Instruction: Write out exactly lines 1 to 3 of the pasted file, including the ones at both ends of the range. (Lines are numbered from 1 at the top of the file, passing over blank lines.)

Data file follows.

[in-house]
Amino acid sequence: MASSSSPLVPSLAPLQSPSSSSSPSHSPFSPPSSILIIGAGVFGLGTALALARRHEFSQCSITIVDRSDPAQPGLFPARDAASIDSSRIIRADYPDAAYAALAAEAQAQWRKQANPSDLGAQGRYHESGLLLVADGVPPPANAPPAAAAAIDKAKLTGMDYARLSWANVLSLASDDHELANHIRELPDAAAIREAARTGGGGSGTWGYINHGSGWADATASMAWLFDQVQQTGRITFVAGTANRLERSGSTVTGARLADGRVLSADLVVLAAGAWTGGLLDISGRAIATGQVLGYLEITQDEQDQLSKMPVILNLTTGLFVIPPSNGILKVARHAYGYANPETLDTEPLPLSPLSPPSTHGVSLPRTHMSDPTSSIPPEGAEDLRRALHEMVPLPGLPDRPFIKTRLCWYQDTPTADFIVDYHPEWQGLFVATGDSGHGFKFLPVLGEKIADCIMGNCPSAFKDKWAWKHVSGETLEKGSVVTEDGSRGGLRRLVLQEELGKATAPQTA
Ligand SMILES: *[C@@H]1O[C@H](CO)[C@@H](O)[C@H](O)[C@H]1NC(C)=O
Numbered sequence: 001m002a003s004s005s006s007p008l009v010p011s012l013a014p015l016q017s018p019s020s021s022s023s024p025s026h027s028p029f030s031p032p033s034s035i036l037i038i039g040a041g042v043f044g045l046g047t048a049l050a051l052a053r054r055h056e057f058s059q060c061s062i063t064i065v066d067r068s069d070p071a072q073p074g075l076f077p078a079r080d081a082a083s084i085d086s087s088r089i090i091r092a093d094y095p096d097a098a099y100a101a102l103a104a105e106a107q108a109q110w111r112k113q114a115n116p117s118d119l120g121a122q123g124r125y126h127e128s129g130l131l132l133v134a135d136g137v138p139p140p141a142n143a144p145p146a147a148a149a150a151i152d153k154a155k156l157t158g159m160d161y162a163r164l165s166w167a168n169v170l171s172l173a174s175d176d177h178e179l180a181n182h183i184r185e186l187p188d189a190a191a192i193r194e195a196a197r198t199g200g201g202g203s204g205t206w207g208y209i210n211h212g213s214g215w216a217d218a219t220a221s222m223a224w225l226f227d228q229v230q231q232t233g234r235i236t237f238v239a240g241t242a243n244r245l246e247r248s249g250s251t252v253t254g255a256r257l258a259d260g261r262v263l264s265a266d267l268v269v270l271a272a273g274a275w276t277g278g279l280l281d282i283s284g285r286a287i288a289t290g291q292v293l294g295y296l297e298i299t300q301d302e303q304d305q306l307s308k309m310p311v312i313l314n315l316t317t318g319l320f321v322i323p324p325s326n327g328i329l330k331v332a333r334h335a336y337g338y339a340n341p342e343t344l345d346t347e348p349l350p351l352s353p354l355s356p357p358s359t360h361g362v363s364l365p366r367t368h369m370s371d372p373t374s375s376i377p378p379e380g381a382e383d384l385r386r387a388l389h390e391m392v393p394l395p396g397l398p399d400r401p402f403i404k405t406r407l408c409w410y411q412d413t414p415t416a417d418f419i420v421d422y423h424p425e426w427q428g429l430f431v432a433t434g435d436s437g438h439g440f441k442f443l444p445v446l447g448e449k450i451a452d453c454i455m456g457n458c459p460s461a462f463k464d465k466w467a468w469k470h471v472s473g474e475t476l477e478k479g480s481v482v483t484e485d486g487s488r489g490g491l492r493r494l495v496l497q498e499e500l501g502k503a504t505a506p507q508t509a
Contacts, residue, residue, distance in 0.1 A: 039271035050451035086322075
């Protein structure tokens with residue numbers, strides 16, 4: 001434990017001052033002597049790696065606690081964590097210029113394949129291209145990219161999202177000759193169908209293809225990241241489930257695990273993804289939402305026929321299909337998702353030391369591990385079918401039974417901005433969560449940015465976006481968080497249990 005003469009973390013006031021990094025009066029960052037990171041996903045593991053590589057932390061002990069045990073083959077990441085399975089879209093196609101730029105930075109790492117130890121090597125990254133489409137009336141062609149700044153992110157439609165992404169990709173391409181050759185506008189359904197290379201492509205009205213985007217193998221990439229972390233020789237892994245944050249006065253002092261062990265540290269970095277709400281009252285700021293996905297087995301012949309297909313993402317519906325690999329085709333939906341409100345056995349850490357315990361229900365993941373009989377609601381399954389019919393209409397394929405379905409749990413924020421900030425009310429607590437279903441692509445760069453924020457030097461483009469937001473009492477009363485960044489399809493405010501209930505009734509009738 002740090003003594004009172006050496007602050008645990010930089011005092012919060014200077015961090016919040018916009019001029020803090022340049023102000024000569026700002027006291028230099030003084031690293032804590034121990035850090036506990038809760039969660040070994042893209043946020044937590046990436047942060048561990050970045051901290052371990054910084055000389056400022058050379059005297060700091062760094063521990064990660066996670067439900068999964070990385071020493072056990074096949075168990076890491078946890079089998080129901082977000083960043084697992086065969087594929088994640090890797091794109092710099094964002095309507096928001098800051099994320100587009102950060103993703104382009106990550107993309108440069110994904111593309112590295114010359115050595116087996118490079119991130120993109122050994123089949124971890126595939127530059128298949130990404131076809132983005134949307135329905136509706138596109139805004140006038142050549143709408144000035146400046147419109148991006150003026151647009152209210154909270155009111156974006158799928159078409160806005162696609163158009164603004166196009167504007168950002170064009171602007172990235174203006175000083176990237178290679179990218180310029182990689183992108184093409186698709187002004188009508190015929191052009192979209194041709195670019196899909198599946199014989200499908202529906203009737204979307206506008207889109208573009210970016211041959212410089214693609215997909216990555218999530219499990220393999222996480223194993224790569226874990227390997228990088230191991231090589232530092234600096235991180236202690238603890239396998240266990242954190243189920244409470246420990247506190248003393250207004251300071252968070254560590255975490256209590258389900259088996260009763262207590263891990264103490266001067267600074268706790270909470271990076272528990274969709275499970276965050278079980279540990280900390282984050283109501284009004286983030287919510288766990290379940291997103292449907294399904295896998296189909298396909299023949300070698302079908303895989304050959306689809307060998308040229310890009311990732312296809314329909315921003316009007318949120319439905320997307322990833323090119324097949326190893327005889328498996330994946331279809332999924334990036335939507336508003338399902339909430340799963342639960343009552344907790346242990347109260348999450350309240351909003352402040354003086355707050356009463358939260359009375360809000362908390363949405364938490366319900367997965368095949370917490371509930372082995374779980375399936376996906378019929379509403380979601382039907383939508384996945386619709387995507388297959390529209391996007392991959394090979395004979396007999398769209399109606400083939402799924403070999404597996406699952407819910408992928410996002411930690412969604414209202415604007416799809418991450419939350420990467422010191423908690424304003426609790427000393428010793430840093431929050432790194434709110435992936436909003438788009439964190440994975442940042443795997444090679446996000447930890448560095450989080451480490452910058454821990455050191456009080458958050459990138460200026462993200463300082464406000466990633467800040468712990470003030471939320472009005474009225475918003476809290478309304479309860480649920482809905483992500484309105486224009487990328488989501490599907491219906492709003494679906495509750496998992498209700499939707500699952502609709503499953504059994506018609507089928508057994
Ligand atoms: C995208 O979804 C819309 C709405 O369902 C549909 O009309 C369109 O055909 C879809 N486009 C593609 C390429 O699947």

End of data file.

[in-house]
Amino acid sequence: MASSSSPLVPSLAPLQSPSSSSSPSHSPFSPPSSILIIGAGVFGLGTALALARRHEFSQCSITIVDRSDPAQPGLFPARDAASIDSSRIIRADYPDAAYAALAAEAQAQWRKQANPSDLGAQGRYHESGLLLVADGVPPPANAPPAAAAAIDKAKLTGMDYARLSWANVLSLASDDHELANHIRELPDAAAIREAARTGGGGSGTWGYINHGSGWADATASMAWLFDQVQQTGRITFVAGTANRLERSGSTVTGARLADGRVLSADLVVLAAGAWTGGLLDISGRAIATGQVLGYLEITQDEQDQLSKMPVILNLTTGLFVIPPSNGILKVARHAYGYANPETLDTEPLPLSPLSPPSTHGVSLPRTHMSDPTSSIPPEGAEDLRRALHEMVPLPGLPDRPFIKTRLCWYQDTPTADFIVDYHPEWQGLFVATGDSGHGFKFLPVLGEKIADCIMGNCPSAFKDKWAWKHVSGETLEKGSVVTEDGSRGGLRRLVLQEELGKATAPQTA
Ligand SMILES: *[C@@H]1O[C@H](CO)[C@@H](O)[C@H](O)[C@H]1NC(C)=O